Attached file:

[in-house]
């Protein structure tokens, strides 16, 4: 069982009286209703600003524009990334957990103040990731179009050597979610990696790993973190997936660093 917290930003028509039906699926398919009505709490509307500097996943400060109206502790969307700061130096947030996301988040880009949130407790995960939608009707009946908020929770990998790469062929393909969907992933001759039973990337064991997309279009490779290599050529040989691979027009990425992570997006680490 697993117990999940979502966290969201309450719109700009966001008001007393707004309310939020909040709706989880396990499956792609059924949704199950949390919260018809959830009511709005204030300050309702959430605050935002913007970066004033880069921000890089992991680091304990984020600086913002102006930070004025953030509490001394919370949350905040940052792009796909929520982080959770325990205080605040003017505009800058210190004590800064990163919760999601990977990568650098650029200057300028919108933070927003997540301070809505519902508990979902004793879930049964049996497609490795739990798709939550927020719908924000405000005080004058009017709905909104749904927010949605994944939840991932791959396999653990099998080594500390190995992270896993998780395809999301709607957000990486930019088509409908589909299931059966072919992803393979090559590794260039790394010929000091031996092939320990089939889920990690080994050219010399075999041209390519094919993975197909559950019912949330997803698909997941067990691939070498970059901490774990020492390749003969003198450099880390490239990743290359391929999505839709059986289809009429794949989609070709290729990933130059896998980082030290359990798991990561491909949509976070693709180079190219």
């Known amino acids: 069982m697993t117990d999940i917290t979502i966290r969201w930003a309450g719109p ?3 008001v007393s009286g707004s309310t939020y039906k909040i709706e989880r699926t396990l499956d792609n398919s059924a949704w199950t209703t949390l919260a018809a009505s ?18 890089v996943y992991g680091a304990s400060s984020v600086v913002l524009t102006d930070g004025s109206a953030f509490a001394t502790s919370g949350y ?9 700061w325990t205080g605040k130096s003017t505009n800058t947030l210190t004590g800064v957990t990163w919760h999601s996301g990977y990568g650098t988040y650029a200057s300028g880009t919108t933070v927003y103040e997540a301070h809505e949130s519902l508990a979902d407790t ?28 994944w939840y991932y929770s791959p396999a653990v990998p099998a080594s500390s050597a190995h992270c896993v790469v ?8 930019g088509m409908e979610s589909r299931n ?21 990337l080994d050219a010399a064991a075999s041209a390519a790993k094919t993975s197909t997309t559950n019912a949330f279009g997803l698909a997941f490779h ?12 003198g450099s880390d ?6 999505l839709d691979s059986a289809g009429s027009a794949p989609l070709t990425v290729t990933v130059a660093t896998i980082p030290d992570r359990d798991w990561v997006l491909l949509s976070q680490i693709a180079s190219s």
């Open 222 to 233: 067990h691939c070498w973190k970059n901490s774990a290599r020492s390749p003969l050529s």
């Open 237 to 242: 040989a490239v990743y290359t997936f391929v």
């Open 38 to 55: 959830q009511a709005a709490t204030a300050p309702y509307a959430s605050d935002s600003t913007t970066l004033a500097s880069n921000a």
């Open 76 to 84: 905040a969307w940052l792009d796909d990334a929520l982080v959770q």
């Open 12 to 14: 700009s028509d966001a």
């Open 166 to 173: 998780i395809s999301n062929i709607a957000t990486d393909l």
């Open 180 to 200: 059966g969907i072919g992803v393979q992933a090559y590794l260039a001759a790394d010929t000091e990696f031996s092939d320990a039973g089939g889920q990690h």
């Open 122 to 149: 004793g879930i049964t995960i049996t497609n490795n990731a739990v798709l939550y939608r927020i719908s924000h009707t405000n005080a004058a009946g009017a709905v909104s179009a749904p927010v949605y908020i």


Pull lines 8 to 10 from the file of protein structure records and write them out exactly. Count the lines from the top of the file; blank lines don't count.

């Open 12 to 14: 700009s028509d966001a």
């Open 166 to 173: 998780i395809s999301n062929i709607a957000t990486d393909l």
């Open 180 to 200: 059966g969907i072919g992803v393979q992933a090559y590794l260039a001759a790394d010929t000091e990696f031996s092939d320990a039973g089939g889920q990690h």